day 1


Think death by power point. Sitting still is not a skill commonly possessed by folks drawn to emergency medicine — it seems the first true test of our grit is upon us.

Pictures were taken. TB tests were placed in forearms. Benefits were explained. And in an unexpected and rather ceremonious fashion, we were prayed over and our hands were anointed with oil as a blessing to carry out the healing ministry of Jesus Christ.  (I was taken aback, but not as much as the poor sweet atheist from the northwest, or the fasting Muslim guy who was trying hard not to pass out from hunger/boredom).

But, perhaps most importantly, I have now officially met my comrades — the fellow residents who will be with me in the trenches over the coming three years. And, to my great relief, they all seem to be perfectly likable human beings. I’m sure in the coming weeks and months, we’ll grow into a wonderfully fun, dysfunctional little family.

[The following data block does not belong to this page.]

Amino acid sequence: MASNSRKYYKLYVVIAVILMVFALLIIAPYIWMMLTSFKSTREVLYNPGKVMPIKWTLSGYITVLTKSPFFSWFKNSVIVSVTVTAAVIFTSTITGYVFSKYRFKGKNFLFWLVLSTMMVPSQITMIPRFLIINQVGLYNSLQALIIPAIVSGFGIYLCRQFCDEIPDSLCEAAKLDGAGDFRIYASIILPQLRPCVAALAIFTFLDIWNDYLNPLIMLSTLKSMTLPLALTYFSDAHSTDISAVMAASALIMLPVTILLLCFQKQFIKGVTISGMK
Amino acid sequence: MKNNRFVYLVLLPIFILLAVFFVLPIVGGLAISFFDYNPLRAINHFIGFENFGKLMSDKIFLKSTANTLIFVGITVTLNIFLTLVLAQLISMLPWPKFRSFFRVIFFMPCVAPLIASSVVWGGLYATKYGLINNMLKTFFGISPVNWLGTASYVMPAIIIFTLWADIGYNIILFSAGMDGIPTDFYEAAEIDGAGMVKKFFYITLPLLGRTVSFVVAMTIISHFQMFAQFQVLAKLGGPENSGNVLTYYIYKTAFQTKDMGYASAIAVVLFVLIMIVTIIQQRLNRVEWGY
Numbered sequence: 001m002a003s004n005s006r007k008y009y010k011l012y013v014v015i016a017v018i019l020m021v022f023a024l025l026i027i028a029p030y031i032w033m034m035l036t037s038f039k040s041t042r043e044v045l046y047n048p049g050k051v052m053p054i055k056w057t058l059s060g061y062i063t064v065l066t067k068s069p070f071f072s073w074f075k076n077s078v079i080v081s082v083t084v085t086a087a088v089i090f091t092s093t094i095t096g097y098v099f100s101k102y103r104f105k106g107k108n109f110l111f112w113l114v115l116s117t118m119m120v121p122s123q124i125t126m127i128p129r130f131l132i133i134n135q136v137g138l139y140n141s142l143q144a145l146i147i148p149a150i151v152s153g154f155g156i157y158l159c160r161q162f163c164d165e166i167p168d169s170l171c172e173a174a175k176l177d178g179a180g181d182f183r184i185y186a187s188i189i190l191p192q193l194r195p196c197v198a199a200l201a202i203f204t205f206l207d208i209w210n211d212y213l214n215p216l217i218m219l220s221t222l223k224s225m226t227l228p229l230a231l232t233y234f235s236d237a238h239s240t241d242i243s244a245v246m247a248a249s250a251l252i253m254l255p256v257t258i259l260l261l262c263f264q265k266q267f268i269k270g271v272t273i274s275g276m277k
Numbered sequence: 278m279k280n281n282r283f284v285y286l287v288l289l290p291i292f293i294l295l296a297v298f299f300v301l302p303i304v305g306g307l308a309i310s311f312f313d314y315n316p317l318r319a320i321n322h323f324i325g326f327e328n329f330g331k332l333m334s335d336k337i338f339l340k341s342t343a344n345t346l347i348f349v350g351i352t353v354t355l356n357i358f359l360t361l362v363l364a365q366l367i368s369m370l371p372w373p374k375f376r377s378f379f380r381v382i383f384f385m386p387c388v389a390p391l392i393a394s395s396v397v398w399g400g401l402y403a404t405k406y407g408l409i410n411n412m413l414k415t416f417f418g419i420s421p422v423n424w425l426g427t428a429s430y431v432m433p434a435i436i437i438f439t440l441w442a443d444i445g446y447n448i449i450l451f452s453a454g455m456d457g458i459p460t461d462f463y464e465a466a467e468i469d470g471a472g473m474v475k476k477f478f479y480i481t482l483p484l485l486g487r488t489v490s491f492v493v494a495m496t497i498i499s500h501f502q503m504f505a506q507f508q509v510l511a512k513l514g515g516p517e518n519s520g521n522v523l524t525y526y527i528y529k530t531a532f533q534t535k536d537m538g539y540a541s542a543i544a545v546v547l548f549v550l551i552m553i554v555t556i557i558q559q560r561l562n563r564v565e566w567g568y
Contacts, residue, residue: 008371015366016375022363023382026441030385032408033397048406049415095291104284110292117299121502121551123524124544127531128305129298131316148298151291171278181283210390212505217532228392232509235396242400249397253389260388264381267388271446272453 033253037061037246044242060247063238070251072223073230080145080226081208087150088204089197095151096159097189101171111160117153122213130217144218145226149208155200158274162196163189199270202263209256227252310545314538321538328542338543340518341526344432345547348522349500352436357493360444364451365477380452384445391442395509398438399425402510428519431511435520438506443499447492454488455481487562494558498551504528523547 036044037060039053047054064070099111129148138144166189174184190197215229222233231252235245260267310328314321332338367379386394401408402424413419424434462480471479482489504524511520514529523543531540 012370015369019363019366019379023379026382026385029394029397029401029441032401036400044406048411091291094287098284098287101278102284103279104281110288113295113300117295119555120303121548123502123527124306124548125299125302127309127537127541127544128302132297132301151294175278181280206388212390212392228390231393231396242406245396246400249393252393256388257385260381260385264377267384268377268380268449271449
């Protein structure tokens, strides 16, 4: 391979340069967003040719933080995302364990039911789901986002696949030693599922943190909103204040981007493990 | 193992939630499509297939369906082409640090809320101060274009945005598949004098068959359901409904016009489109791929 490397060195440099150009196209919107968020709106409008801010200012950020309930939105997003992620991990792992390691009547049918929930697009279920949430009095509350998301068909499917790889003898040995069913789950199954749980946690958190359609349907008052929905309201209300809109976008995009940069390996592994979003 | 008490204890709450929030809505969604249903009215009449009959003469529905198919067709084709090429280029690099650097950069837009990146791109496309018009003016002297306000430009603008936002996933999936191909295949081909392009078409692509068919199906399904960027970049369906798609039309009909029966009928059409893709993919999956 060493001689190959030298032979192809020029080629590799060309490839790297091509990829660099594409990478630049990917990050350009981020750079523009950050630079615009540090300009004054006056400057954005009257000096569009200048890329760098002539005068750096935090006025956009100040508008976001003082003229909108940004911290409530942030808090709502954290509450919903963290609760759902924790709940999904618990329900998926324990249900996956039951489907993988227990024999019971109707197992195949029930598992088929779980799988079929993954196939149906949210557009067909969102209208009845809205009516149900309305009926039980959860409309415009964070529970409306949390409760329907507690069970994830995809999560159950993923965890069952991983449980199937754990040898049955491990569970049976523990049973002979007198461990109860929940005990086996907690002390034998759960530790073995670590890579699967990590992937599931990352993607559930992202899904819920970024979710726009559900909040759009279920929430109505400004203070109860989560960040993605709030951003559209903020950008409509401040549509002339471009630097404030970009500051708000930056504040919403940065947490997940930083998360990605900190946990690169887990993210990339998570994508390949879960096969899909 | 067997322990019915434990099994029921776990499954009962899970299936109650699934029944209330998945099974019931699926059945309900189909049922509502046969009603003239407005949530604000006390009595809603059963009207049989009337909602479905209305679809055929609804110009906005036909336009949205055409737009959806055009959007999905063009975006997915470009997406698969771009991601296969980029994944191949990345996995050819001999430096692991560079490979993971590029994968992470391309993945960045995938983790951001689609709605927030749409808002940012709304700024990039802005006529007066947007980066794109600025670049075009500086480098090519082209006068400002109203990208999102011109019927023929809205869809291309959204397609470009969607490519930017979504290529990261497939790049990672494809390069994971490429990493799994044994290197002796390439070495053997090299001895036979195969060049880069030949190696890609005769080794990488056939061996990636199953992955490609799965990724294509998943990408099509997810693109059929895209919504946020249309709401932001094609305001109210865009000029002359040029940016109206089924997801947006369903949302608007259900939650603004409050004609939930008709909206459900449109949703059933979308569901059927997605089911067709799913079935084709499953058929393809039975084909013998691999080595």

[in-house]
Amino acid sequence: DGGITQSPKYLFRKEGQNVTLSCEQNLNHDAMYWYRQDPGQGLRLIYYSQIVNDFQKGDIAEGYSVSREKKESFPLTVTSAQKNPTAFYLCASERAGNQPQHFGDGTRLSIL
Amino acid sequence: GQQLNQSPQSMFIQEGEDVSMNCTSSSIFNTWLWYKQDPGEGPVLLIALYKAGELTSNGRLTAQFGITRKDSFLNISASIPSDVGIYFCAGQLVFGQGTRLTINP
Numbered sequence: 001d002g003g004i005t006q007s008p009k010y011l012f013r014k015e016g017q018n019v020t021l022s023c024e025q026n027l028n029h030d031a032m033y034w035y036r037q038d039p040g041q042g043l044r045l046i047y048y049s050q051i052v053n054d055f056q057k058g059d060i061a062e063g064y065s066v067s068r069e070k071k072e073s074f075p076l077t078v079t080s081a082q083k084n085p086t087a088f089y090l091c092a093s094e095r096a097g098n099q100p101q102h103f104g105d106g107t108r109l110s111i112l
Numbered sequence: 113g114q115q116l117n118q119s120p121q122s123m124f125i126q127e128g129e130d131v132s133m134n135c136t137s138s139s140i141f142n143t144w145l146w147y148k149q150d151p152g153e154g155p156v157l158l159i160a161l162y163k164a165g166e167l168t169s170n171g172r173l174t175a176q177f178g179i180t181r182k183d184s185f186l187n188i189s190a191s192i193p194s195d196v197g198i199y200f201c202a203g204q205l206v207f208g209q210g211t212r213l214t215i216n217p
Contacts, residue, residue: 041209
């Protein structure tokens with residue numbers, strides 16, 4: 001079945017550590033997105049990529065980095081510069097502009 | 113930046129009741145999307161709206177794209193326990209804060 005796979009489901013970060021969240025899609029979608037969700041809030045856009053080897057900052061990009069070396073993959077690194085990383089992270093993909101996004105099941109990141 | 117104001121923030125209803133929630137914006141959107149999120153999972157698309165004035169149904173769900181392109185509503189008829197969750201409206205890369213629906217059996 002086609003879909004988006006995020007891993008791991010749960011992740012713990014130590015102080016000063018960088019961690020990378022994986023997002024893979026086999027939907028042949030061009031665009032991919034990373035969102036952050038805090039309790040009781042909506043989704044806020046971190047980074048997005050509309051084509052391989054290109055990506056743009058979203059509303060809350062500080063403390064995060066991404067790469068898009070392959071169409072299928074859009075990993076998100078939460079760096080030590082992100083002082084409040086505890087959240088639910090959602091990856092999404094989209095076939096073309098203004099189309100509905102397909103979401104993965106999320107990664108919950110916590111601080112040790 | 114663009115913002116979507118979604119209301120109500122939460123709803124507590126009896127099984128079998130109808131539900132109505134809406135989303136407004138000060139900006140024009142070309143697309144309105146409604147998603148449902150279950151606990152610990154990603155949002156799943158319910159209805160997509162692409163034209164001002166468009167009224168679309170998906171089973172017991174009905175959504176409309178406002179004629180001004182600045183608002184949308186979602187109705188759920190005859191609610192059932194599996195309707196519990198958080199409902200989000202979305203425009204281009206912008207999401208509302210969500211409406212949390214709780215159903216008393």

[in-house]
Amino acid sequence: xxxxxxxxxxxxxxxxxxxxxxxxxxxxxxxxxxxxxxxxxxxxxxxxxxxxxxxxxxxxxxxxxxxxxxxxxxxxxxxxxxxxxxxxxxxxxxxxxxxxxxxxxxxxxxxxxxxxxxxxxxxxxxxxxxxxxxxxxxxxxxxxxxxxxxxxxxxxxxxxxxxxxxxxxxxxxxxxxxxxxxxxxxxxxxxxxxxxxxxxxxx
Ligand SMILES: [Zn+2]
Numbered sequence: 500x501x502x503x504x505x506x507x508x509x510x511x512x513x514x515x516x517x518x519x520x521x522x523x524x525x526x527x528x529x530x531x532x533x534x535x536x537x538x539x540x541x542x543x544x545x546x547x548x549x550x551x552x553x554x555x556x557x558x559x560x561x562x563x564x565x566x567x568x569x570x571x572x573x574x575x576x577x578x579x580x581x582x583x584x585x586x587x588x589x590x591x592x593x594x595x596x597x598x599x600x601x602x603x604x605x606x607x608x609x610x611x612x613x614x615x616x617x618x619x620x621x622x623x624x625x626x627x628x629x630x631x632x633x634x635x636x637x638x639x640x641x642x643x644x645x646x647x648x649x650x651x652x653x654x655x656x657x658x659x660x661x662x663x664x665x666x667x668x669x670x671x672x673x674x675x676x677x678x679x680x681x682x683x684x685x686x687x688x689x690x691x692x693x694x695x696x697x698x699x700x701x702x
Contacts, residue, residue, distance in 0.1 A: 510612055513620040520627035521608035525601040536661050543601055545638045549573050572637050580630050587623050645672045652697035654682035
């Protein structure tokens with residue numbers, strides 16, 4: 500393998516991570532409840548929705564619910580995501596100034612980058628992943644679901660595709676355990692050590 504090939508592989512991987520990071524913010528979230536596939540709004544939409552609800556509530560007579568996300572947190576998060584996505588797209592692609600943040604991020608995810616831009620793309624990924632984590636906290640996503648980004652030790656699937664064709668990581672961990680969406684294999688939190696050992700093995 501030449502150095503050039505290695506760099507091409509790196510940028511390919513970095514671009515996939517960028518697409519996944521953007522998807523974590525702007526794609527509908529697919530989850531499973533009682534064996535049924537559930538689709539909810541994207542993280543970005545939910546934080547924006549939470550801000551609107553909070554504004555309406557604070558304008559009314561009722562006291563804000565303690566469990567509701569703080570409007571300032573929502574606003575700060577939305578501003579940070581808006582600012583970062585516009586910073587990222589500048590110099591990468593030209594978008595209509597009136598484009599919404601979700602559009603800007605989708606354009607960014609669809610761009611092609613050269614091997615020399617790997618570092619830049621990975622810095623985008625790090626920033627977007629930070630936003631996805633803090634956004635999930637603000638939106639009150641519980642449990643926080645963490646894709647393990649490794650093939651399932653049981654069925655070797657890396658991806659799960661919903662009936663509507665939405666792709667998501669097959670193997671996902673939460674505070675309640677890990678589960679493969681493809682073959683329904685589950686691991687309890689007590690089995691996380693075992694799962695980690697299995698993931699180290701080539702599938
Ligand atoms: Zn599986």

On a side note — I am, for the moment, without a place to live. My attempts to purchase a home have proven to be more difficult than delivering a breech calf in a rainstorm.  As such, I’m crashing at the home of a very gracious co-intern. While I am excessively grateful for this unmerited hospitality, I do not recommend this arrangement. The importance of liberation from one’s bra at the end of a long day cannot be understated.


God, thank you for the kind people in this program. Help me to be a good friend to the other residents. Help me to be mindful of their needs and to be selflessly supportive and encouraging to them. Help me to be slow to speak and quick to listen. And please, help me secure a place to live.

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